On the heels of the departure of two local doctors and bolstered by claims made by former employees, there has been recent speculation throughout the community about The Memorial Hospital’s ability to retain physicians. After meeting with hospital administrators, the editorial board came to the conclusion that TMH is in a situation faced by most other businesses across the country.
With the recent departure of a couple of the area’s more popular doctors, community conversation in Moffat County has started to include questions about the ability of The Memorial Hospital to retain its employees, and especially its physicians.
Comments and letters to the editor from former hospital employees unhappy with TMH administrators have bolstered those questions. More specifically, some of those former employees have charged that TMH administrators George Rohrich, chief executive officer, and Jennifer Riley, chief of organizational excellence, don’t treat their employees with respect.
After hearing these stories and comments, the editorial board invited Rohrich and Riley to meet and discuss the issue. Dr. J. Scott Ellis, chief of staff at TMH, also participated.
The three hospital representatives presented facts and statistics and answered many questions posed by editorial board members regarding both the retention of current employees as well as the recruitment of new ones.
Based on that meeting, as well as the comments and letters from former employees, editorial board members all came to the same conclusion: the situation at TMH sounds an awful lot like the situations present at many other comparable businesses in the region, state and even nation.
Does the departure of local doctors put a burden on those who need to find a new healthcare professional to trust?
But employee turnover is an inevitable part of running a business, especially when that business is located in a rural area and needs to draw a large number of its employees from outside that area. Any business owner in a similar situation would almost certainly agree, as did one editorial board member who has been in that position.
As it stands now, the rate at which TMH is losing physicians isn’t any higher than the national rate. And while Craig was lucky to have had physicians in the past who stayed in the area for many years, it’s unfair to expect every doctor that works in Craig to make that same commitment and senseless to blame the hospital for something that has become a national trend throughout the industry.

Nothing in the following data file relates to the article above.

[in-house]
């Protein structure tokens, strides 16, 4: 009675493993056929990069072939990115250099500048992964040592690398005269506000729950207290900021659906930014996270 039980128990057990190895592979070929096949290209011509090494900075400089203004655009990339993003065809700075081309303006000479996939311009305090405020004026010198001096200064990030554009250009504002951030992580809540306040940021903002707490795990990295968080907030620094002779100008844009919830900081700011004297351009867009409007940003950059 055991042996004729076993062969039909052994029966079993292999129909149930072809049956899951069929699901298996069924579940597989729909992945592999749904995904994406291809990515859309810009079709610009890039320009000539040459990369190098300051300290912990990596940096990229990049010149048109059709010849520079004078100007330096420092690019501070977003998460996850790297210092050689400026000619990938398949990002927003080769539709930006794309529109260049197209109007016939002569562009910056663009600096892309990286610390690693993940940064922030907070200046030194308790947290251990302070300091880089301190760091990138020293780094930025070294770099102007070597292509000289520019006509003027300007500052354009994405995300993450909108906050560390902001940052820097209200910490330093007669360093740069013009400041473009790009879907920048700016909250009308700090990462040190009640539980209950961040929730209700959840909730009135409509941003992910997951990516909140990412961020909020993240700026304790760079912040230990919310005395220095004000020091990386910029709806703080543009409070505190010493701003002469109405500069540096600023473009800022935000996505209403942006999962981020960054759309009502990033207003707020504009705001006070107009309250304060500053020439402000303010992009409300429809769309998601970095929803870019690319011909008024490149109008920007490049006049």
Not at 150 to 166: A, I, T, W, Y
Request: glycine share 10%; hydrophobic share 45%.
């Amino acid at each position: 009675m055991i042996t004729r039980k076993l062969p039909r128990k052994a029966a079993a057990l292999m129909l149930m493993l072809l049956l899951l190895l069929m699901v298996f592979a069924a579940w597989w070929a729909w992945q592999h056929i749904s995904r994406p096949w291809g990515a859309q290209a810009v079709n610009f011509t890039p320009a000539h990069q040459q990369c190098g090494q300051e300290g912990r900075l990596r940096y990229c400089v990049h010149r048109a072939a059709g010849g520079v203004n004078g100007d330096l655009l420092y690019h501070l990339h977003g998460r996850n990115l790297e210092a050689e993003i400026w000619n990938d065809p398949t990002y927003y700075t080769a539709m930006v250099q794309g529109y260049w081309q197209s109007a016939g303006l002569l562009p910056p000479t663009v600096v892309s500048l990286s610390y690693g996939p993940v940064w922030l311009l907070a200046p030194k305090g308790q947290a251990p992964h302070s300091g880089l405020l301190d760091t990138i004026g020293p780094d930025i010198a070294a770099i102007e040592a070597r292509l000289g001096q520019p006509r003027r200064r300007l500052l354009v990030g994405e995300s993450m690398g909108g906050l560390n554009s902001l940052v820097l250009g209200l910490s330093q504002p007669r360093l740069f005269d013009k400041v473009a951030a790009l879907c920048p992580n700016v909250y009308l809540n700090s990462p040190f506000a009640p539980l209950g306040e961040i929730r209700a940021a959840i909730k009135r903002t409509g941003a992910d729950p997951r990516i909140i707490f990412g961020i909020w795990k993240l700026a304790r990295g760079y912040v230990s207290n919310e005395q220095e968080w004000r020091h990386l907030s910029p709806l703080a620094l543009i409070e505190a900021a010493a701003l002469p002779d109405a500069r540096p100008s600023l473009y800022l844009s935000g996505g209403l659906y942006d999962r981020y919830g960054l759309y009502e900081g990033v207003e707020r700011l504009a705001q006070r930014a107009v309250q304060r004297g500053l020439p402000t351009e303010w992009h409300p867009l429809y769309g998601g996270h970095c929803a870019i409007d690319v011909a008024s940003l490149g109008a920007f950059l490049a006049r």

Regarding the claims made by former hospital employees, the editorial board doesn’t doubt their validity. However, once again, this is not a situation unique to TMH.
The presence of a discord between administrators and employees is a reality present at almost any workplace in the world. And inevitably some of those employees will leave their jobs and remain unhappy with their former employers.
It also is worth noting that while disgruntled former employees have the right to tell anyone and everyone who will listen about why they are displeased, employers generally aren’t permitted to discuss personnel matters with anyone other than the employee involved.
So while editorial board members believe the accounts they heard from former TMH employees, they also know only one side of the story has been told. Raising a red flag without knowing both sides would be irresponsible, and would completely discount the equal number of glowing reviews TMH receives from both current and former employees as well as from the patients it serves.
The editorial board isn’t giving TMH administers a free pass. During the meeting the TMH representatives admitted that the recent departure of two doctors had somewhat of a polarizing effect on the staff with whom they worked, and also addressed the troubles they have had in the past with integrating new hires into the Moffat County community.
However they also presented several ways in which they are addressing those issues, as well as the many prospects they have for hiring new doctors in the near future.
In short, the TMH administrators told the editorial board they have a vision for where they want TMH to go in the future and a plan for how to get there.
The editorial board intends on making sure that plan is carried out effectively and will not hesitate to call TMH administrators out if it isn’t.
But for now there doesn’t seem to be cause for the community to be alarmed.
Note: Daily Press Editor/Publisher Bryce Jacobson did not participate in the research or writing of this editorial due to a conflict of interest.
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